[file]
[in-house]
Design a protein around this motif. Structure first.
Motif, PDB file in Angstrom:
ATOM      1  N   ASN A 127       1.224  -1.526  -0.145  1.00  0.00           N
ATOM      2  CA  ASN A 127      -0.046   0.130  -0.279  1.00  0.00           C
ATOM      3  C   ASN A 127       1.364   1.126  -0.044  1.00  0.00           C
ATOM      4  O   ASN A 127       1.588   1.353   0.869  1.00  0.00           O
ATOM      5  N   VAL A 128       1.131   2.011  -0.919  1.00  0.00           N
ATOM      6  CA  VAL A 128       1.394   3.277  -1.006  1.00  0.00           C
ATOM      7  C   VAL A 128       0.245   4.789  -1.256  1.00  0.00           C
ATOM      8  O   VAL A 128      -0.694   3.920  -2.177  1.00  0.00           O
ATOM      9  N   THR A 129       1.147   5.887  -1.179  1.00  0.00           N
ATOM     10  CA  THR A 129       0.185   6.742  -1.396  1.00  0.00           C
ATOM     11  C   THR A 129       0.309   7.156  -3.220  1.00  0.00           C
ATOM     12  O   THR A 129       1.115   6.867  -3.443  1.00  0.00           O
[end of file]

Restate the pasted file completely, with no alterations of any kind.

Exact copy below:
[in-house]
Design a protein around this motif. Structure first.
Motif, PDB file in Angstrom:
ATOM      1  N   ASN A 127       1.224  -1.526  -0.145  1.00  0.00           N
ATOM      2  CA  ASN A 127      -0.046   0.130  -0.279  1.00  0.00           C
ATOM      3  C   ASN A 127       1.364   1.126  -0.044  1.00  0.00           C
ATOM      4  O   ASN A 127       1.588   1.353   0.869  1.00  0.00           O
ATOM      5  N   VAL A 128       1.131   2.011  -0.919  1.00  0.00           N
ATOM      6  CA  VAL A 128       1.394   3.277  -1.006  1.00  0.00           C
ATOM      7  C   VAL A 128       0.245   4.789  -1.256  1.00  0.00           C
ATOM      8  O   VAL A 128      -0.694   3.920  -2.177  1.00  0.00           O
ATOM      9  N   THR A 129       1.147   5.887  -1.179  1.00  0.00           N
ATOM     10  CA  THR A 129       0.185   6.742  -1.396  1.00  0.00           C
ATOM     11  C   THR A 129       0.309   7.156  -3.220  1.00  0.00           C
ATOM     12  O   THR A 129       1.115   6.867  -3.443  1.00  0.00           O